Today, there's no longer any confusion about what's on hand in the warehouse. The WMS automatically keeps tabs on what goods have arrived and what's been shipped. "I now have daily visibility into inventory status," says McDaniel.
The WMS also keeps an updated record of what inventory items have been allocated to specific orders, so the distributor always has current information on actual product availability. The WMS tracks orders by interfacing with the company's existing Direct Store Delivery (DSD) application, which functions like an order management system. As they make their rounds, salesmen or "pre-writers" record orders from their grocery and convenience store customers on handheld computers, downloading those orders into the DSD at the end of the day. At the same time, the route drivers who service mom-and-pop stores are out replenishing their customers' stocks with product from the back of their trucks, recording the transactions on their handheld devices for later DSD download. The DSD outputs the customer orders into an Excel spreadsheet that's imported into the on-demand WMS.
On the inbound side, the on-demand WMS maintains an automatic record of warehouse stock based on the information workers enter as goods arrive. It has also allowed the company to automate its purchasing process. In the past, McDaniel faxed orders to Dreyer's in Bakersfield, Calif., or Kraft Pizza Co. in Little Chute, Wis. But that sometimes led to errors, particularly with the Dreyer's orders. Frozen Gourmet and Dreyer's use different item numbers for products (Frozen Gourmet uses a six-digit code, while Dreyer's uses a four-digit one). That meant that whenever he placed an order with Dreyer's, McDaniel had to look up the corresponding numbers in a Dreyer's catalog. "If I made a mistake, I [ended up] getting something I didn't want," he says.
Nowadays, the WMS issues the purchase orders, automatically translating Frozen Gourmet's item numbers into the corresponding Dreyer's numbers. After it generates a purchase order, the WMS e-mails it to a supplier. "It's much easier than writing everything down and faxing it," McDaniel says.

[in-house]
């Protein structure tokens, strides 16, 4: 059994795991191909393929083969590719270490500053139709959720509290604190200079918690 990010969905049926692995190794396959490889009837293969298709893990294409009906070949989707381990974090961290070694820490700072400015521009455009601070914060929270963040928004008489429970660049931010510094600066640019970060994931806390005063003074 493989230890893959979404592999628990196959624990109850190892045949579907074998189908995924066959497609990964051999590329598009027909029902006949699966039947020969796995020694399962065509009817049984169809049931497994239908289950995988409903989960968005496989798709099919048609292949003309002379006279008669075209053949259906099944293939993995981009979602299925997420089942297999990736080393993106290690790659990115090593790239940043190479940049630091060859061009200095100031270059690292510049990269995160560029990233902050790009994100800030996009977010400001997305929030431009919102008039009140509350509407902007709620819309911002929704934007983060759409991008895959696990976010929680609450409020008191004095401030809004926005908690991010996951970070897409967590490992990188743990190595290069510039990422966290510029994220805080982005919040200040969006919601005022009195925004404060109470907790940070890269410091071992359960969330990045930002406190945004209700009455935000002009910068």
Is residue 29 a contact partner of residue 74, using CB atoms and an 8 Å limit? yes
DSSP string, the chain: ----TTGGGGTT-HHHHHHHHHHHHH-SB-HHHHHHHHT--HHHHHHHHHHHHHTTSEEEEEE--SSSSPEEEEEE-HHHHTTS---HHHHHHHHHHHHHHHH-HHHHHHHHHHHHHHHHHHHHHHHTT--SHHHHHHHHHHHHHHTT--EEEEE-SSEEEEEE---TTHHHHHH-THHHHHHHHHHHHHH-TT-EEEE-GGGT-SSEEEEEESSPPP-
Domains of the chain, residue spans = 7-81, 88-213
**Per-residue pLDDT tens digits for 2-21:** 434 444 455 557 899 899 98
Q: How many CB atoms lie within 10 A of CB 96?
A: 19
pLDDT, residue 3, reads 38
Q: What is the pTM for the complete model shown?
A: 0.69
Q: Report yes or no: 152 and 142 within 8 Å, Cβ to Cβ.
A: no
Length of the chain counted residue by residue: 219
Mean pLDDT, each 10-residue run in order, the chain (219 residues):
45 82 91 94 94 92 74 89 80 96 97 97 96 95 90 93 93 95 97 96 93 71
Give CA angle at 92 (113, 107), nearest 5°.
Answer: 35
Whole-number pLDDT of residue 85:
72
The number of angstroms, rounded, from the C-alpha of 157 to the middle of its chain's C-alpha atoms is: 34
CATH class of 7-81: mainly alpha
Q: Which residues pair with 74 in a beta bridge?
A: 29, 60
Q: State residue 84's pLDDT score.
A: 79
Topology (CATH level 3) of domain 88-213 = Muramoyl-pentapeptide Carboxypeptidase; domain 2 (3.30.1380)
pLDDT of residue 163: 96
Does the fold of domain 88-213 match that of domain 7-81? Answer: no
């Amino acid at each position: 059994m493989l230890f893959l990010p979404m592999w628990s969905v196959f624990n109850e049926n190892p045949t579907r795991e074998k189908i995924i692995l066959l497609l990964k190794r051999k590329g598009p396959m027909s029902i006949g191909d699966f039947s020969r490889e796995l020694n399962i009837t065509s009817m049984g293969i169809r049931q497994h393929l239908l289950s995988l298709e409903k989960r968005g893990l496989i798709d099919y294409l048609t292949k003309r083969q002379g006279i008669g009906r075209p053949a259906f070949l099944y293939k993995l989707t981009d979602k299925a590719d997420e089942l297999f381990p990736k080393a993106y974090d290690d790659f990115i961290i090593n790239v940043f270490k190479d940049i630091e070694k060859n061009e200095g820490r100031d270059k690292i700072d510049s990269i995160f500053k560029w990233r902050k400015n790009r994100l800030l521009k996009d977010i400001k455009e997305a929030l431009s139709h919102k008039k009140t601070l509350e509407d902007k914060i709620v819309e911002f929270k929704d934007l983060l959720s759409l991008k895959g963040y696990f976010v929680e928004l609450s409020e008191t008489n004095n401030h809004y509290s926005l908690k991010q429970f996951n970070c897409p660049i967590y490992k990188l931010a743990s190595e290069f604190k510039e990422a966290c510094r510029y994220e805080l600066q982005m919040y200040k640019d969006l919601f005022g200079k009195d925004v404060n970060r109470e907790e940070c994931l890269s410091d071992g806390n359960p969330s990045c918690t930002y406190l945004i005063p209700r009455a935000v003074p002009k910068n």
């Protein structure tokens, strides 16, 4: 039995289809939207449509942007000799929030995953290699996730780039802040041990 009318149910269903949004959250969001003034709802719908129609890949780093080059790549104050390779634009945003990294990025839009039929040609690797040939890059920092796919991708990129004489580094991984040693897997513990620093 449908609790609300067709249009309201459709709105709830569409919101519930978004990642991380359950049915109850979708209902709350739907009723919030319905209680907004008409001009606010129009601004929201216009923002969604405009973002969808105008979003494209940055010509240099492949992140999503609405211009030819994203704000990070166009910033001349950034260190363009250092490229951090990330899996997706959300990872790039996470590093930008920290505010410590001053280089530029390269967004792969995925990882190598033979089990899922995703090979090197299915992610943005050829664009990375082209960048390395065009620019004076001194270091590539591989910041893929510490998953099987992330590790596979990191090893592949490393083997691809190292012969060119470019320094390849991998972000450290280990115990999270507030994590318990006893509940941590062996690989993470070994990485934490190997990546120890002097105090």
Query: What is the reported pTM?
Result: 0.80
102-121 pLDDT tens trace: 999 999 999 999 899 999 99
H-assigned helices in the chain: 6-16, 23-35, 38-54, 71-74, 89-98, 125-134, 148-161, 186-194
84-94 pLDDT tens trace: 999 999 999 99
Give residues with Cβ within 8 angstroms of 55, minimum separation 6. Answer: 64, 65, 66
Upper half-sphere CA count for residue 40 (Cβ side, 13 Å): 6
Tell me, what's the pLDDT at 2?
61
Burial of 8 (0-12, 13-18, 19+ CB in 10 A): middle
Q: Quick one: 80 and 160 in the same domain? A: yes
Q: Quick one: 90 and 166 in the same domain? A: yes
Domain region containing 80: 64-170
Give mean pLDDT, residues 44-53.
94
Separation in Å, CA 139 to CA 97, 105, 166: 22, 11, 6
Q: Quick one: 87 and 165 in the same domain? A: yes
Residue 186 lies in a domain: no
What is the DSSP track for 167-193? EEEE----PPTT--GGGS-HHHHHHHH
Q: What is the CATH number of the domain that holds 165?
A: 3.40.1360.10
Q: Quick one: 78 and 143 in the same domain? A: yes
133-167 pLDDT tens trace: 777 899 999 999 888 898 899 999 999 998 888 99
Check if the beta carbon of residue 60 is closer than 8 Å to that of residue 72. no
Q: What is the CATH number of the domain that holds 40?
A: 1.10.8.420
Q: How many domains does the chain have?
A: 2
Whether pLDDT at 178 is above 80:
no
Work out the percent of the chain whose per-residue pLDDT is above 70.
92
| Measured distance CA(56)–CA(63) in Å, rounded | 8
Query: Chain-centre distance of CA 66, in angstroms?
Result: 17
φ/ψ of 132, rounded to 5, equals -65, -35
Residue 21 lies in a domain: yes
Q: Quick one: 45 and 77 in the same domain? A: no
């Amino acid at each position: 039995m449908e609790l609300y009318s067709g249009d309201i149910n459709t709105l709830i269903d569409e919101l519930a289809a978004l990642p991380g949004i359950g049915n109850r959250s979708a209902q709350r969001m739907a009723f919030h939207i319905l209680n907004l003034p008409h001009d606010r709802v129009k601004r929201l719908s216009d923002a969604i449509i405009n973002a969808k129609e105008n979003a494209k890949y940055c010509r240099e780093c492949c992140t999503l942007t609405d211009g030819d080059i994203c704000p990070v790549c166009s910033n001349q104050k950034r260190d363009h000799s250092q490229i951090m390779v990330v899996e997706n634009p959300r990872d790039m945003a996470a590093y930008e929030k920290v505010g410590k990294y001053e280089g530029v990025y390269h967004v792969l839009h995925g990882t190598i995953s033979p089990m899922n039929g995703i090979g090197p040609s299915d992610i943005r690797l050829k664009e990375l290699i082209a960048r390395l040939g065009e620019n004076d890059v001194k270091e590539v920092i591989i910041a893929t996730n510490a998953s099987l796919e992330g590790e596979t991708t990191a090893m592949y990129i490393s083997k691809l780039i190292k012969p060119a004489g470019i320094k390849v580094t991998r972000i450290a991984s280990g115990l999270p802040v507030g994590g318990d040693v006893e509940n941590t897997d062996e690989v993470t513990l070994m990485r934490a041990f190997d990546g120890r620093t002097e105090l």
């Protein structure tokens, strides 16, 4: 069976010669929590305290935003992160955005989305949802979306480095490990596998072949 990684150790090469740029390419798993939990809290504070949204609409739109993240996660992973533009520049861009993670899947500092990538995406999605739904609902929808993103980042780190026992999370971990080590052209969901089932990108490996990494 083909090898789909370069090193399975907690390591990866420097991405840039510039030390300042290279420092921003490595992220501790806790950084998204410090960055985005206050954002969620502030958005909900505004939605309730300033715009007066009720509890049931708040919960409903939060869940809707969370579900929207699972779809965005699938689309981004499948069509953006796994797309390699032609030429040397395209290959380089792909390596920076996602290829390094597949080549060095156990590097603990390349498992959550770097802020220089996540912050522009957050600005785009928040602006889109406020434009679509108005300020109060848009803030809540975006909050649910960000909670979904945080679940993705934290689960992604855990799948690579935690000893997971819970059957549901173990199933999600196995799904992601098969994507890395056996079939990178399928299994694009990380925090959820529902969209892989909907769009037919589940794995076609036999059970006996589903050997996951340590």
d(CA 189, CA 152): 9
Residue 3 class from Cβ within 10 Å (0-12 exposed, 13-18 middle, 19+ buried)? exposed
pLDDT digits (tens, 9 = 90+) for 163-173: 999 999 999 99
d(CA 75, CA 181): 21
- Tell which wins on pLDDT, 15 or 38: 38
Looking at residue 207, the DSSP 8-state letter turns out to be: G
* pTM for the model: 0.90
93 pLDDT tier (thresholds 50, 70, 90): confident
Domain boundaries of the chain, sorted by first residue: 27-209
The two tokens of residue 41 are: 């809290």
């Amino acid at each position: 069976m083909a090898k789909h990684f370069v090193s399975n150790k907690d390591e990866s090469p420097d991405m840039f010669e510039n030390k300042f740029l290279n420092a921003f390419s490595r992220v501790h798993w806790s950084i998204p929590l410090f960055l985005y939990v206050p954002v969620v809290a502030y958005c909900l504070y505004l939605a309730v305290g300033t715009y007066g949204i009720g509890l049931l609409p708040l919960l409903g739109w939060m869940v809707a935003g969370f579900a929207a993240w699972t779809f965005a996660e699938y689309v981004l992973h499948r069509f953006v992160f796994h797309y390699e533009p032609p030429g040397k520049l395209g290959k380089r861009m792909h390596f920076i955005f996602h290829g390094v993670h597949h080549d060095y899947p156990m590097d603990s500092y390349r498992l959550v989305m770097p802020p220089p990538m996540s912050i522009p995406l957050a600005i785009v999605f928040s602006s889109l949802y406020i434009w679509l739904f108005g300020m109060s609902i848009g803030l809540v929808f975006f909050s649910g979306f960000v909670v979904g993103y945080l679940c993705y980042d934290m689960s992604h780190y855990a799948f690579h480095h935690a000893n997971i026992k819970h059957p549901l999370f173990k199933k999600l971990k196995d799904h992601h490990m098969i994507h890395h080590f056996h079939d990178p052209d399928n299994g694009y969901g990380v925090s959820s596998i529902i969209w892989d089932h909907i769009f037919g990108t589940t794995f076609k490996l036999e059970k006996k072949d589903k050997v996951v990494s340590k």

When the merchandise arrives at the Redding facility, workers use a copy of that purchase order to verify receipt of the merchandise. They then enter the receipt information into the WMS, and the cycle begins again.
Since it began using the on-demand WMS, Frozen Gourmet has seen stock-outs decline, even during the peak summer season. The distributor also is able to respond to queries about product availability more quickly and with greater confidence. And there's no longer any need to send someone into the minus 20-degree freezer to do a walk-around inventory check.
Now, all McDaniel has to do is type a product code into the WMS. "If there's going to be a big sale and someone asks, 'Do you have enough?'" he says, "I can look in [the WMS] and see I have this much on hand and this much on order, so I'm going to be OK."
About the Author
Editor at Large
James Cooke has more than two decades' experience as a journalist covering logistics and transportation as well as supply chain strategy and technology. A former editor at Logistics Management magazine, he has earned numerous awards for his well-written, in-depth articles spotlighting developments in distribution. During his tenure at that publication, he served in such roles as news editor, international editor, feature writer, technology editor, and, finally, executive editor. He conceived and led the launch of the publication, Supply Chain Management Review. He is the author of the book Protean Supply Chains published by Wiley. He has presented at such conferences as CSCMP, MHIA, and WERC.
More articles by James A. Cooke
Resources Mentioned In This Article
- Mobile technology makes weigh-station bypass easier, faster
- Three things you should know about big data and analytics
- Llamasoft acquires IBM's supply chain application suite
- Pilot shows "augmented reality" could benefit warehouse operations
- JDA launches "control tower" software tool to help companies manage supply chain disruptions